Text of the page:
In addition to lectures by Dr de Gunzburg and Dr Yeung, the Seminar features a Bioinformatics workshop lead by Dr Anat Yarden, the Head of the Biology Group in the Department of Science Teaching at the Weizmann Institute of Science, Israel.
Other speakers included Dr Daniel Glaser, Development Manager in public engagement for the Wellcome Trust; Phil Godding Director of ITEC UK, an independent consultant specialising in ICT in science; John Schollar, Director of Reading Universitys National Centre for Biotechnology Education; Dr Chris Willmott, Senior Lecturer in Biochemistry at the University of Leicester; and Dr Smadar Zaidman, an organic chemist at the Weizmann Institute of Science.
Damien Rosenfeld, of ORT Argentina, also shared his experience of an ORT programme through which final year high school students complete their final projects by collaborating with scientists at top research centres.
And Jacobo Sitt, a lecturer at the ORT Institute of Technology in Buenos Aires led a discussion on biomimetic technology, which is the design of machines that mimic biological structures.
It has been an excellent seminar, said Leonid Revzin, who teaches physics and chemistry at schools in Haifa and Kiryat Yam, Israel. I have learned so much and spoken to teachers from around the world who have shared with me different methods of teaching the sciences. This is the first time that Ive worked with ORT and I hope that there are many more such opportunities.
Its not a chance you get every day to meet people who are at the cutting edge, said Seminar participant Dan Tysman, Head of Biology at Immanuel College, one of Britains leading Jewish schools. From the discussions weve had so far I can see a need to bring some of these new ideas into the classroom. I had no idea that ORT was doing things like the Hatter Technology Seminar. Its been wonderful to be part of it. I feel very inspired.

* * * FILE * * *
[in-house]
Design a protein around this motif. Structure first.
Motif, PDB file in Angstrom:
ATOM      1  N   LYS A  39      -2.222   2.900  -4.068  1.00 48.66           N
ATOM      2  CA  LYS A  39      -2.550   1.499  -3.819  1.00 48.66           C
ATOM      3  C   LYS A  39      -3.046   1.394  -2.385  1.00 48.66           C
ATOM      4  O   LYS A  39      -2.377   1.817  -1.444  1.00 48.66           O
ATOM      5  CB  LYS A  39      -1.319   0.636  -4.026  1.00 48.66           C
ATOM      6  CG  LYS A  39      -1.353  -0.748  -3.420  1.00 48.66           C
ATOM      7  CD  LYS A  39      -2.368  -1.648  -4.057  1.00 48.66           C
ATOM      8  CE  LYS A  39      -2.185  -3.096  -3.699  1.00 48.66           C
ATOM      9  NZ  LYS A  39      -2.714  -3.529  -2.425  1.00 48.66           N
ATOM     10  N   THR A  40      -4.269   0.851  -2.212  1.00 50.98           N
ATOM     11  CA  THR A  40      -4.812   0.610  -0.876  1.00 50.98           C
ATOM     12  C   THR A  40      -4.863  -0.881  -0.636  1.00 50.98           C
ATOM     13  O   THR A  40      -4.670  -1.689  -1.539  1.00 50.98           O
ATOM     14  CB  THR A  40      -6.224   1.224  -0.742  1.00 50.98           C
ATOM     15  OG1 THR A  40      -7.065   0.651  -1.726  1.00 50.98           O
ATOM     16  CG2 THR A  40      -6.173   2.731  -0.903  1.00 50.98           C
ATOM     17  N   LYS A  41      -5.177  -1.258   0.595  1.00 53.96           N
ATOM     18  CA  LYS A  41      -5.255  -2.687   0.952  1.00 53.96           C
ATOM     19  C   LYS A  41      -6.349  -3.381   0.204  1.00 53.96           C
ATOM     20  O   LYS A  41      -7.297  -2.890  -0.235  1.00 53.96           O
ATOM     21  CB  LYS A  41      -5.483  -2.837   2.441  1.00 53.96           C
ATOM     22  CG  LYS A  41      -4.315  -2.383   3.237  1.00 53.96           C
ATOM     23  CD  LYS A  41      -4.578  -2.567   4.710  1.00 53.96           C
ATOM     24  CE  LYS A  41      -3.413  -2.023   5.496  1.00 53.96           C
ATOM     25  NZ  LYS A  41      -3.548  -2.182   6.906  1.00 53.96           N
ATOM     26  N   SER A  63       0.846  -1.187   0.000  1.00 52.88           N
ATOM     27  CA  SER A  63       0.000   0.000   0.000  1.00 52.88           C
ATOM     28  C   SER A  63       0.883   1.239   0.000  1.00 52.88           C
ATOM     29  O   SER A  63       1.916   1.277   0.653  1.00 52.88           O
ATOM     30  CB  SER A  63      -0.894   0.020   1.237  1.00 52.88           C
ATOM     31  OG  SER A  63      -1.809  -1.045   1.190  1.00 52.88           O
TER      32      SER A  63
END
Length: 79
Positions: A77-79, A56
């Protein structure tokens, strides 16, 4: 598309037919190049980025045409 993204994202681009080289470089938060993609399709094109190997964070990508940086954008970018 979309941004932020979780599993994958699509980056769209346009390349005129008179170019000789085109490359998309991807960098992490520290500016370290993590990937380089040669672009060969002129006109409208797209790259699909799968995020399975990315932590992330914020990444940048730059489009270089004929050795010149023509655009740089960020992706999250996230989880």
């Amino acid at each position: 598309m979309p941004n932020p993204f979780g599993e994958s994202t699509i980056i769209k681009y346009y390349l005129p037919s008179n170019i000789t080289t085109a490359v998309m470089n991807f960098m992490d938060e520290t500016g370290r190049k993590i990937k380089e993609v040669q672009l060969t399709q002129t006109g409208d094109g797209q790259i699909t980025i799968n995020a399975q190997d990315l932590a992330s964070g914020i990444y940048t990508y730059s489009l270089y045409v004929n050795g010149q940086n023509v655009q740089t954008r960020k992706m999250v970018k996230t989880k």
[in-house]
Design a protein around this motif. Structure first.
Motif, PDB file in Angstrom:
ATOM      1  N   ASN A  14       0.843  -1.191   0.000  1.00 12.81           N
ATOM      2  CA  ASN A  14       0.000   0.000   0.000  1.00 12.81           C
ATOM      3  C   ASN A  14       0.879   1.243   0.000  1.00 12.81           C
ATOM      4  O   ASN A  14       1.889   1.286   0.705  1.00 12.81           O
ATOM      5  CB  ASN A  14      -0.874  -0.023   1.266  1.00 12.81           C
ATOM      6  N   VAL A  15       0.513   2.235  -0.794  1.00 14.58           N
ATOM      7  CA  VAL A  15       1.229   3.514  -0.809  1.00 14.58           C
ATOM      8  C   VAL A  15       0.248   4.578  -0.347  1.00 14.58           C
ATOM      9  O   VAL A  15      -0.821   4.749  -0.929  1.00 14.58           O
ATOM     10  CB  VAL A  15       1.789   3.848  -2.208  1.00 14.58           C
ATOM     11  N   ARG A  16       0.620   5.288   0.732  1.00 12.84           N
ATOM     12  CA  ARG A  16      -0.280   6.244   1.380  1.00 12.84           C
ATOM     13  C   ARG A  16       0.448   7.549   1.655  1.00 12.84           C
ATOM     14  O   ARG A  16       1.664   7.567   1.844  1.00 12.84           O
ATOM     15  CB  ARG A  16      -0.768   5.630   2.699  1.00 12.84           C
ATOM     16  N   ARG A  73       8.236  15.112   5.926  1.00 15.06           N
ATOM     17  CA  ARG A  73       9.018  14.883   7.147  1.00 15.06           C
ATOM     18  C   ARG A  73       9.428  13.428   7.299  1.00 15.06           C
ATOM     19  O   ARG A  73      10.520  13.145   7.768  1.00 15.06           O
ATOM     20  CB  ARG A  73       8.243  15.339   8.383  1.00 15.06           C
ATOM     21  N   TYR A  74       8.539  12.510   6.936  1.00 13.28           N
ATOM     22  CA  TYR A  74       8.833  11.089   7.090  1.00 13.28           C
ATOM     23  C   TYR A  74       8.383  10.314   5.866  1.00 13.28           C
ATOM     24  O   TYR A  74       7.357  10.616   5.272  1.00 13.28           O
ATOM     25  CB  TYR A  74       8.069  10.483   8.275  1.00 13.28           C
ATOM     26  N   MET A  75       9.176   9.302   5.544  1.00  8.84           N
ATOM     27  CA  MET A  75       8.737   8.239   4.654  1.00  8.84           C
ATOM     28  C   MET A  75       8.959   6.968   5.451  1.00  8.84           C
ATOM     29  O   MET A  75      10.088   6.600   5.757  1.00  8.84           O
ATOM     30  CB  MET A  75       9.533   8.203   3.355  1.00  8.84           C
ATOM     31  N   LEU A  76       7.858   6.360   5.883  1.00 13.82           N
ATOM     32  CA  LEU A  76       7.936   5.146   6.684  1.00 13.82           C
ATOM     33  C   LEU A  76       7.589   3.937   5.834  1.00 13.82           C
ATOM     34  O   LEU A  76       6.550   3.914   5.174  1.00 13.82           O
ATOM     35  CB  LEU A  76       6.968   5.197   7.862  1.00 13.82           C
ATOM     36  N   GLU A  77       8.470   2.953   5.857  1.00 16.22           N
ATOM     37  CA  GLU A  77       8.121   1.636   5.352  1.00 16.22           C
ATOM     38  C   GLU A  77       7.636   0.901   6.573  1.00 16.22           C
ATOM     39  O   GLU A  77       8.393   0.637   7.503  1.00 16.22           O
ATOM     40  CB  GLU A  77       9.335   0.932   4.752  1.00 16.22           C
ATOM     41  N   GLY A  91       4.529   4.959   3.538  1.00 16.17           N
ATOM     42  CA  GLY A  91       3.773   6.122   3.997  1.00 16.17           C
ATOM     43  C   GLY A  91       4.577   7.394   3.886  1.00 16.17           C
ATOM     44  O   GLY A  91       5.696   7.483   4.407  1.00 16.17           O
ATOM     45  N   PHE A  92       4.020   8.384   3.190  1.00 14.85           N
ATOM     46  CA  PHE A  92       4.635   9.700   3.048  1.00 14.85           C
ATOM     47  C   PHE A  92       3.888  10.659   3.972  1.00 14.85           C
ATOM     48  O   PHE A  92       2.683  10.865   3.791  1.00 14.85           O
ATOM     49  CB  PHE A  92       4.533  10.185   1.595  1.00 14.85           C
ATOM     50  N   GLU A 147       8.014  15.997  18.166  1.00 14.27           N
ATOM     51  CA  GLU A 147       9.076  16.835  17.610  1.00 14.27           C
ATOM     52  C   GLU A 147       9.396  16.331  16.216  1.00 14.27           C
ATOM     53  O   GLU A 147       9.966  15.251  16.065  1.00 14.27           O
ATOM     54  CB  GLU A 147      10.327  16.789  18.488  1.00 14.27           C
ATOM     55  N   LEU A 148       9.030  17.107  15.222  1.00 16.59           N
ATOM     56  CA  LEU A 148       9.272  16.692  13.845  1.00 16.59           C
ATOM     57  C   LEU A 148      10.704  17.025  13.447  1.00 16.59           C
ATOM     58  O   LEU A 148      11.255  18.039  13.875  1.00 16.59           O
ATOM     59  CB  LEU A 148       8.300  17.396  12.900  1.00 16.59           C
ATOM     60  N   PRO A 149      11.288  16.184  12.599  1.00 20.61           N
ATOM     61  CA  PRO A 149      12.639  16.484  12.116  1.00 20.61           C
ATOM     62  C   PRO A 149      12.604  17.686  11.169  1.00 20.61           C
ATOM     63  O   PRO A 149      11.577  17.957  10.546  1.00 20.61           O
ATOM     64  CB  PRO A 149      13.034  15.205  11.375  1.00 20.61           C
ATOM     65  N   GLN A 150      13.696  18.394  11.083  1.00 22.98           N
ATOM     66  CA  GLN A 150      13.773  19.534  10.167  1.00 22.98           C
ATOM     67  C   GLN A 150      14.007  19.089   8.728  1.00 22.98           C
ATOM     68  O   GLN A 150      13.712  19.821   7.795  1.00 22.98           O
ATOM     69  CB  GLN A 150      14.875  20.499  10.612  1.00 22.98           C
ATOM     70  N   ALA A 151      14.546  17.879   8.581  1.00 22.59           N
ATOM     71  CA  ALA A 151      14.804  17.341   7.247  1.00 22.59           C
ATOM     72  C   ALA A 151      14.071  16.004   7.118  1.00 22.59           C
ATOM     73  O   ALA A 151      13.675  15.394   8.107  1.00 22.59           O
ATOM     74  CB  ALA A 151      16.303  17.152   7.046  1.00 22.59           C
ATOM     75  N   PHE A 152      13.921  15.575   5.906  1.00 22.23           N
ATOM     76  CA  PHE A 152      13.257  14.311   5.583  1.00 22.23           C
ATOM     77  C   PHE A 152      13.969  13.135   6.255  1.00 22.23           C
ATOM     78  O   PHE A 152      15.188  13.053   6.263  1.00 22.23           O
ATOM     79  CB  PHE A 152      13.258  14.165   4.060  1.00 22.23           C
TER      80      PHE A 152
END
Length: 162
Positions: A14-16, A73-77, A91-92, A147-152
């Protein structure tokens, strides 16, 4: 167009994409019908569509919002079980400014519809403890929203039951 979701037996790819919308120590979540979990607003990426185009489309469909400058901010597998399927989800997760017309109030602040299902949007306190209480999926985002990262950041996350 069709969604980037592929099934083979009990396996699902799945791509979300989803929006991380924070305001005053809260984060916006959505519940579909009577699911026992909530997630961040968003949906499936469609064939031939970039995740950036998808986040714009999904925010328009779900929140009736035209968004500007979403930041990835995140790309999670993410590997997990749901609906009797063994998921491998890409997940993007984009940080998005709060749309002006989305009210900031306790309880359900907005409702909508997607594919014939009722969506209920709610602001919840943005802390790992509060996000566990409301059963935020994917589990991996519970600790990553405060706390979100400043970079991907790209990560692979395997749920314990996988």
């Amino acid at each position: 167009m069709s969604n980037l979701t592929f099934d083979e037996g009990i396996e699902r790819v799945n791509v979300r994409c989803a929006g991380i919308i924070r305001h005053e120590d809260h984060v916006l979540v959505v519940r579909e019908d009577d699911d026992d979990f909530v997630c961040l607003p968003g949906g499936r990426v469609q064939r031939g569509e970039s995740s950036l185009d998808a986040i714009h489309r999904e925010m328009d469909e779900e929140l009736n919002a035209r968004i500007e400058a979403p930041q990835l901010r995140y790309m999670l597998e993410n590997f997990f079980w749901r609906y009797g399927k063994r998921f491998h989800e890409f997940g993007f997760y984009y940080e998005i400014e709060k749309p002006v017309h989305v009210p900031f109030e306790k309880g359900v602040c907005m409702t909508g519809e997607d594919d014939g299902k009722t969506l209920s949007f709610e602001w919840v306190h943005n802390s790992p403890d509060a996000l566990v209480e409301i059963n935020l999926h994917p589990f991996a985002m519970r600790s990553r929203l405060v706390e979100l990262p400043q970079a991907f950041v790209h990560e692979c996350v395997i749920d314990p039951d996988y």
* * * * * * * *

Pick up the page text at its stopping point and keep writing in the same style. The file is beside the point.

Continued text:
Mr Tysman said the teaching of biosciences at school was important not just to encourage more people to pursue related careers but also to engender citizens with a firmer grasp of a sometimes contentious technology that is often the subject of public debate.
The children I teach today will be the decision makers of tomorrow. They need a background against which to make those decisions and help steer the use of a technology which is still in its early days, he said.
In addition to lectures and workshops, the Hatter Technology Seminar participants also visited the London Metropolitan University Science Centre with Dr Claudio Scotti, a lecturer in Molecular Biosciences. They will also spend a day at BETT, the worlds leading educational information and communications technologies (ICT) exhibition and conference.
World ORT prides itself in keeping pace with scientific and technological advances and we trust that the participants in this years Hatter Technology Seminar will come away with innovative ideas and fresh know-how, said World ORT Director General Robert Singer.
World ORT, founded in 1880, is the worlds largest Jewish education and vocational training non-government organisation with some 200,000 beneficiaries in 58 countries.